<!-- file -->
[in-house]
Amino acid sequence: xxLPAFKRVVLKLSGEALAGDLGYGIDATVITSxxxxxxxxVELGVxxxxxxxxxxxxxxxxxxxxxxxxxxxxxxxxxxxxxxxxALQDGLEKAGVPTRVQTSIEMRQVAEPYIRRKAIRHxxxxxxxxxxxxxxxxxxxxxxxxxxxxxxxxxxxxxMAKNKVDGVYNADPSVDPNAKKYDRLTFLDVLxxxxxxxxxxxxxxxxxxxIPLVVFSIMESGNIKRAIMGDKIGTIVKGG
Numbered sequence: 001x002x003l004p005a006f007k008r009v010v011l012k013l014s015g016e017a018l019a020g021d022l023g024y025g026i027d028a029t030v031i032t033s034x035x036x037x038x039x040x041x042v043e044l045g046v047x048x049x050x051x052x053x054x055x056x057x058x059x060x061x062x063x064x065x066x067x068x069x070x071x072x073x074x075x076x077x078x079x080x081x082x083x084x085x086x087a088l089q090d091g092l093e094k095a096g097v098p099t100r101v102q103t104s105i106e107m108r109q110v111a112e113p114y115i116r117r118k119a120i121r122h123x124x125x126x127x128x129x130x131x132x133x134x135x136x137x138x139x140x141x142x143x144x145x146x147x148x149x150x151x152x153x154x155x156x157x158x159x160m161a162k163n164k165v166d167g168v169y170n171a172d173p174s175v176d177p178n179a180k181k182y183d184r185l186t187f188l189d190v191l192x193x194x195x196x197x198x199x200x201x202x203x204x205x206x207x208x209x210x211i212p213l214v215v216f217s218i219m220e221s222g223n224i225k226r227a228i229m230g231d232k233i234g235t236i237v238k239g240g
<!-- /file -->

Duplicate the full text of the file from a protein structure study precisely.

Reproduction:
[in-house]
Amino acid sequence: xxLPAFKRVVLKLSGEALAGDLGYGIDATVITSxxxxxxxxVELGVxxxxxxxxxxxxxxxxxxxxxxxxxxxxxxxxxxxxxxxxALQDGLEKAGVPTRVQTSIEMRQVAEPYIRRKAIRHxxxxxxxxxxxxxxxxxxxxxxxxxxxxxxxxxxxxxMAKNKVDGVYNADPSVDPNAKKYDRLTFLDVLxxxxxxxxxxxxxxxxxxxIPLVVFSIMESGNIKRAIMGDKIGTIVKGG
Numbered sequence: 001x002x003l004p005a006f007k008r009v010v011l012k013l014s015g016e017a018l019a020g021d022l023g024y025g026i027d028a029t030v031i032t033s034x035x036x037x038x039x040x041x042v043e044l045g046v047x048x049x050x051x052x053x054x055x056x057x058x059x060x061x062x063x064x065x066x067x068x069x070x071x072x073x074x075x076x077x078x079x080x081x082x083x084x085x086x087a088l089q090d091g092l093e094k095a096g097v098p099t100r101v102q103t104s105i106e107m108r109q110v111a112e113p114y115i116r117r118k119a120i121r122h123x124x125x126x127x128x129x130x131x132x133x134x135x136x137x138x139x140x141x142x143x144x145x146x147x148x149x150x151x152x153x154x155x156x157x158x159x160m161a162k163n164k165v166d167g168v169y170n171a172d173p174s175v176d177p178n179a180k181k182y183d184r185l186t187f188l189d190v191l192x193x194x195x196x197x198x199x200x201x202x203x204x205x206x207x208x209x210x211i212p213l214v215v216f217s218i219m220e221s222g223n224i225k226r227a228i229m230g231d232k233i234g235t236i237v238k239g240g